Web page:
Who would purchase the land? What are the terms?
The purchase agreement states that the land may be purchased by Albany County, the University of Wyoming or the State of Wyoming, for the appraised price of $10.5 million. The original purchase agreement has been extended such that the transaction must be completed (or extended) by March 2020. The original purchase agreement is available at: https://www.co.albany.wy.us/Data/Sites/1/Purchase%20and%20Sale%20Agreement%20(Pilot%20Hill).pdf
I heard the State is considering a Land Swap / Exchange. How would that work?
The Wyoming Office of State Lands and Investments (OSLI) is evaluating a proposal to sell isolated state parcels and to acquire the Pilot Hill Project land. The State owns parcels of land scattered across Wyoming, which are managed to produce income for the State Common School Fund through different fees like grazing or recreation leases. The State Lands also provide Wyoming’s citizens access to open space for recreation and hunting. Some state parcels are inaccessible to the public as they are surrounded by private land. Several landowners in SE WY are interested in purchasing isolated state parcels that are located within their private land holdings, rather than maintain leases from the State to utilize the land for ranching activities.
In the exchange proposal initiated by the Pilot Hill Project, OSLI is evaluating and conducting appraisals on the proposed isolated parcels to decide if these parcels should be sold to private landowners with the agreement that the income from those sales would be utilized by OSLI to purchase the Pilot Hill property. The exchange proposal also designates that Albany County would secure long-term lease agreements on the Pilot Hill land that would generate income for the State Common School Fund. The exchange would also consolidate State land parcels and increase access for citizens to the land for recreation.
The Pilot Hill exchange proposal is a top priority for OSLI, and the office anticipates publishing the land exchange plan for public comments once they have completed the analysis, likely in the fall/winter of 2019.
While the State Land exchange will accomplish the first step of the land being acquired for public use, major additional expenses will still be incurred in order to develop public use infrastructure for the Pilot Hill Project and to establish a long-term management and maintenance fund for the land. Thus, fundraising efforts are ongoing, and donations are always appreciated!
Why has the purchase date been extended again?
The State land exchange process is complex, requiring analysis, surveys, appraisals of multiple, separate land tracts and the engagement of multiple land owners. The State must follow standard procedures, and the transaction will have to be approved by the State Land Investment Board (SLIB) before it can be completed.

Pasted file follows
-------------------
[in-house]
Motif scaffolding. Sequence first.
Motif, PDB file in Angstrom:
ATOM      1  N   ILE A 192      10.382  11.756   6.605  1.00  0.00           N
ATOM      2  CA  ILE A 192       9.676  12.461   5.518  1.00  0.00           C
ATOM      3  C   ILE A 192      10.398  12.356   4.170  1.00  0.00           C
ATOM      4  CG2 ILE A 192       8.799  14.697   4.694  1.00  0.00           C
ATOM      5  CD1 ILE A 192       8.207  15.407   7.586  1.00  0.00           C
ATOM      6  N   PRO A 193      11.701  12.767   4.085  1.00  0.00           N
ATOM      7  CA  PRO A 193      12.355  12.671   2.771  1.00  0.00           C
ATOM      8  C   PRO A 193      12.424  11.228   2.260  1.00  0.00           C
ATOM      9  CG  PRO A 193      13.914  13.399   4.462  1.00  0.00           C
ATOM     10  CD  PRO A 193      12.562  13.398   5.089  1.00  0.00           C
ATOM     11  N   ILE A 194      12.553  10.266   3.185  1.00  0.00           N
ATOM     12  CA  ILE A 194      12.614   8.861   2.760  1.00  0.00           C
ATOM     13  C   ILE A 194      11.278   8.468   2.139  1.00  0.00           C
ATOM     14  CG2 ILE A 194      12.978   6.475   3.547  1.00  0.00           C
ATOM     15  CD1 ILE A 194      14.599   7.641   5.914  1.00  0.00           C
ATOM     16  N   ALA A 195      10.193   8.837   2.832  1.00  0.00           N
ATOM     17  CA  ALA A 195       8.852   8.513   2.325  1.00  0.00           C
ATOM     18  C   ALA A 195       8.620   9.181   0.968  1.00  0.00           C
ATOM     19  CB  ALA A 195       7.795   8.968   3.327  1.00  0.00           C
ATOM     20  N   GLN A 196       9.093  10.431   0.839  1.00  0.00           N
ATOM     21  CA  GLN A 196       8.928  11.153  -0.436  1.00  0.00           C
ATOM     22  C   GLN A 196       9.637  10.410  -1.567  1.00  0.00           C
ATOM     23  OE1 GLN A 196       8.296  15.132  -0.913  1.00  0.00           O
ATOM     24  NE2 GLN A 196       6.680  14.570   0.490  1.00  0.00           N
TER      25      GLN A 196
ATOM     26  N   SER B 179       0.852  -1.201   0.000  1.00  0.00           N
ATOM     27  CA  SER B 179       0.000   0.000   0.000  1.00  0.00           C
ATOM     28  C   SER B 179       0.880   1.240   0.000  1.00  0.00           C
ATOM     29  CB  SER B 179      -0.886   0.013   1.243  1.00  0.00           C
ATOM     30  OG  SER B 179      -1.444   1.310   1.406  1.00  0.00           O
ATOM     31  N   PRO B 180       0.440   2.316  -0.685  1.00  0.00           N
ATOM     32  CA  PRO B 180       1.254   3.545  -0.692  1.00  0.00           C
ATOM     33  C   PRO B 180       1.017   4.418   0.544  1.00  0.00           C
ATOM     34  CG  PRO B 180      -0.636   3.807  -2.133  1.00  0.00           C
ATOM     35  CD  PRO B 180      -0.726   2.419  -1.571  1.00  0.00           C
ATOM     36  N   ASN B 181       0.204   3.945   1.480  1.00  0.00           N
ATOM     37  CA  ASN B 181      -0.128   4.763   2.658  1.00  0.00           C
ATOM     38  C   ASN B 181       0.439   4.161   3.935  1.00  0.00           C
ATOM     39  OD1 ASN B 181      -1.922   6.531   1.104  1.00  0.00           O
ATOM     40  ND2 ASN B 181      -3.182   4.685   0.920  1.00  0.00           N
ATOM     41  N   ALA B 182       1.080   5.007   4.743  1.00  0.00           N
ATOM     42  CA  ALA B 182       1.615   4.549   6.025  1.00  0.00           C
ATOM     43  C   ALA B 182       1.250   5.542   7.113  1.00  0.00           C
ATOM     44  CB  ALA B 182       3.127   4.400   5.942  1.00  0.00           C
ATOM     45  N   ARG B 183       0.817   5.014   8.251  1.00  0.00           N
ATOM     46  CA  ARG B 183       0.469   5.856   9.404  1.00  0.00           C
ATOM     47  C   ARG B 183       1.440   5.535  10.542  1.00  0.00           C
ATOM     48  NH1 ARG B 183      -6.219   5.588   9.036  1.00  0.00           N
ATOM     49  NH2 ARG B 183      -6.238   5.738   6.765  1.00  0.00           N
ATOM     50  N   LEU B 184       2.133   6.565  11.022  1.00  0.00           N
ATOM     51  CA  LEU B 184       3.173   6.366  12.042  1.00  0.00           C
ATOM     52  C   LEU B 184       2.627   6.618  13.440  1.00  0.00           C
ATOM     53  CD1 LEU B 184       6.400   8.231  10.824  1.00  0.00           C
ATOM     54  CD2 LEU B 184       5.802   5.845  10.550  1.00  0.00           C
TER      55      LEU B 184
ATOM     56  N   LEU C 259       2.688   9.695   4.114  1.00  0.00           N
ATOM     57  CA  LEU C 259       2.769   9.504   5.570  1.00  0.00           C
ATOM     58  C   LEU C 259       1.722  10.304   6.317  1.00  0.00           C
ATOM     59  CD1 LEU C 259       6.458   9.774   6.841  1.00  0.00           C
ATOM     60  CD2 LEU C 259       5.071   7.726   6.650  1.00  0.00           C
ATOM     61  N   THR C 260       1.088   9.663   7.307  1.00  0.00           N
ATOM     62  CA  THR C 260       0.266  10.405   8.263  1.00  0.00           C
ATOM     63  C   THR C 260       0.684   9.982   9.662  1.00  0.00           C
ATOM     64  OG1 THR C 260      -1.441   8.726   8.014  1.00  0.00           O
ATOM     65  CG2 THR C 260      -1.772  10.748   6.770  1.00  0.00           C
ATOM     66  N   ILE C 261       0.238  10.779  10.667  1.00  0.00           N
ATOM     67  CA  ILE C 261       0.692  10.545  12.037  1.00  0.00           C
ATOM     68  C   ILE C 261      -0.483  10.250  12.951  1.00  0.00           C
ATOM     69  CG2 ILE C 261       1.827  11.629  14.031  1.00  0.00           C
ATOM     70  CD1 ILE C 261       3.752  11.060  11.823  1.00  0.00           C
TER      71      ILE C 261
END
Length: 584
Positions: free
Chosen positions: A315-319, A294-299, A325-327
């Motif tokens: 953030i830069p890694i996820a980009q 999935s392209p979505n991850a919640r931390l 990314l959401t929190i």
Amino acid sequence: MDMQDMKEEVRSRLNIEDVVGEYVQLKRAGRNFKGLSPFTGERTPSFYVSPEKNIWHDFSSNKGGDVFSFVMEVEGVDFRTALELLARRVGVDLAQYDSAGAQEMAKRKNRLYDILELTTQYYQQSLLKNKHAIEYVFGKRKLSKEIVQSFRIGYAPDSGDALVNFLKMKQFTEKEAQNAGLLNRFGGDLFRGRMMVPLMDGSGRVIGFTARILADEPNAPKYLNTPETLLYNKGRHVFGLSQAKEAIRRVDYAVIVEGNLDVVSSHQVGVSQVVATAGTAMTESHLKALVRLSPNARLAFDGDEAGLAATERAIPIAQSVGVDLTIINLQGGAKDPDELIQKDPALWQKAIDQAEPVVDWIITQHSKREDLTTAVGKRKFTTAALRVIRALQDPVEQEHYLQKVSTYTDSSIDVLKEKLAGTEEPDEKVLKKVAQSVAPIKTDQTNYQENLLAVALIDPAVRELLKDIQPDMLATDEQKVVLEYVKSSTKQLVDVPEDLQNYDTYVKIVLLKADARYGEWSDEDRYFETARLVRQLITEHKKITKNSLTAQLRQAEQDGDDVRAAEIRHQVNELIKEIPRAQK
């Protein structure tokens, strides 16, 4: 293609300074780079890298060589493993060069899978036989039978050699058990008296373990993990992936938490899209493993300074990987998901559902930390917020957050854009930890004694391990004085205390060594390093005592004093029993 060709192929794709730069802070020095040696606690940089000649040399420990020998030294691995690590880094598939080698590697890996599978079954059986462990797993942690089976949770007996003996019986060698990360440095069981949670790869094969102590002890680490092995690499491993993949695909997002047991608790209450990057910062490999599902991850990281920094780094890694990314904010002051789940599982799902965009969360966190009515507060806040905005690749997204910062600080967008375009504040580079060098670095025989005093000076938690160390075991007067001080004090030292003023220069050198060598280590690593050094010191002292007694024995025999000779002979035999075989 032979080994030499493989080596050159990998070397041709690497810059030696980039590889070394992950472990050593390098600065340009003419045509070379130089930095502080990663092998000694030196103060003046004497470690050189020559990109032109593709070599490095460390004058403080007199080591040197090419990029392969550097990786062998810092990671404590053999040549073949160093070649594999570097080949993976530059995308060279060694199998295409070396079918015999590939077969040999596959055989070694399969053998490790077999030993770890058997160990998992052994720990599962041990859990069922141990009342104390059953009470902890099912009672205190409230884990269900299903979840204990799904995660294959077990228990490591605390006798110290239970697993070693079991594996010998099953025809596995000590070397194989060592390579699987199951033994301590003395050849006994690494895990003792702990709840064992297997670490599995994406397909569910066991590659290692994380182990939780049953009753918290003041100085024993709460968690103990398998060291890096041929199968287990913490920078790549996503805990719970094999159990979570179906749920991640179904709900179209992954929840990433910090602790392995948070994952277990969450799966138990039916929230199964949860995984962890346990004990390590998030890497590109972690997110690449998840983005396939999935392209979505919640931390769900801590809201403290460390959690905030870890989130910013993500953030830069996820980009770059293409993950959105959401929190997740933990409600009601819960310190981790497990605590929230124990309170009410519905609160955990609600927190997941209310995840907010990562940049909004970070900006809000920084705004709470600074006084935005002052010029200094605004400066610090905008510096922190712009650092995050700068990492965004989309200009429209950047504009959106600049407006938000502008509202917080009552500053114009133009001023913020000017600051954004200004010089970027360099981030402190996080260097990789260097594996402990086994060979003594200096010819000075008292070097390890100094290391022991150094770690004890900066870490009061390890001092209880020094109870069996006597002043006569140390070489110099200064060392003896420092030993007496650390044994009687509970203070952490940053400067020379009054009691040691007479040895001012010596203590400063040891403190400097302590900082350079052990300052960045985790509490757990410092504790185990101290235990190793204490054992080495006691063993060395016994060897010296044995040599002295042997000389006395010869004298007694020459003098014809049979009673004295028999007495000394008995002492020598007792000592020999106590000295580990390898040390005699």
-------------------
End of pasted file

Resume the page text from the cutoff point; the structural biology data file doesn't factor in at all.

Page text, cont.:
The Pilot Hill Project (PHP) committees and volunteers continue to work diligently with OSLI staff, the current landowner and various local, state and federal government agencies and organizations to bring the project to fruition, recognizing that public land acquisition initiatives like this typically take many years to complete.
Will there be public events to give input and learn more?
Yes. Several opportunities to experience and explore the Pilot Hill property and provide input and feedback on the trail system and amenities plans will be held in early 2020. Public hearings on the land exchange plan will also be held in the late 2019 or early 2020, and other feedback will be gathered through written responses and electronic comment platforms that will be advertised over the coming months.
Public meetings have already been hosted in March and December 2018, information tables were staffed by volunteers at the Farmers Markets and other public events, and a public input survey was conducted. The results of these efforts can be found at www.pilothill.org. Public access days were held in September and October 2019, to allow the public an opportunity to access the property in preparation for providing comments regarding the Land Use Plans which are under development and which will be available for public comment in late 2019 and early 2020.
Check PilotHill.org and follow @PilotHillLandPurchase on Facebook for 2019 meeting announcements.
Tell me more about the ongoing planning process.
In July 2019, the Albany County Commissioners signed a contract with the planning firm SE Group to prepare a Land-use Plan for the Pilot Hill property. SE Group is leading a community-driven planning process to develop trail concepts and management objectives for the property. The planning process began in earnest in September 2019, with an SE Group visit to Laramie, and will wrap up in July 2020, after the community has numerous opportunities to provide their initial ideas, offer feedback on initial concepts, and vet the draft plan. For more information on the process, updates, and public engagement opportunities, see www.pilothill.org/plan
How will the land be managed? Who will be responsible?
As noted in condition 14.04a of the purchase agreement, the land will be managed for public use in a manner similar to a state or county park. The Pilot Hill Project Committee is exploring arrangements for an entity to manage the property. Options currently under consideration include Wyoming State Parks, Wyoming Game and Fish, Albany County or a collaboration with multiple management entities and a yet-to-be-formed non-profit organization.
How much will it cost to maintain?
That depends on how the land will ultimately be managed. The Land Management Subcommittee is exploring management options consistent with the purchase agreement.
If the county fails to purchase this property will it ever get another chance?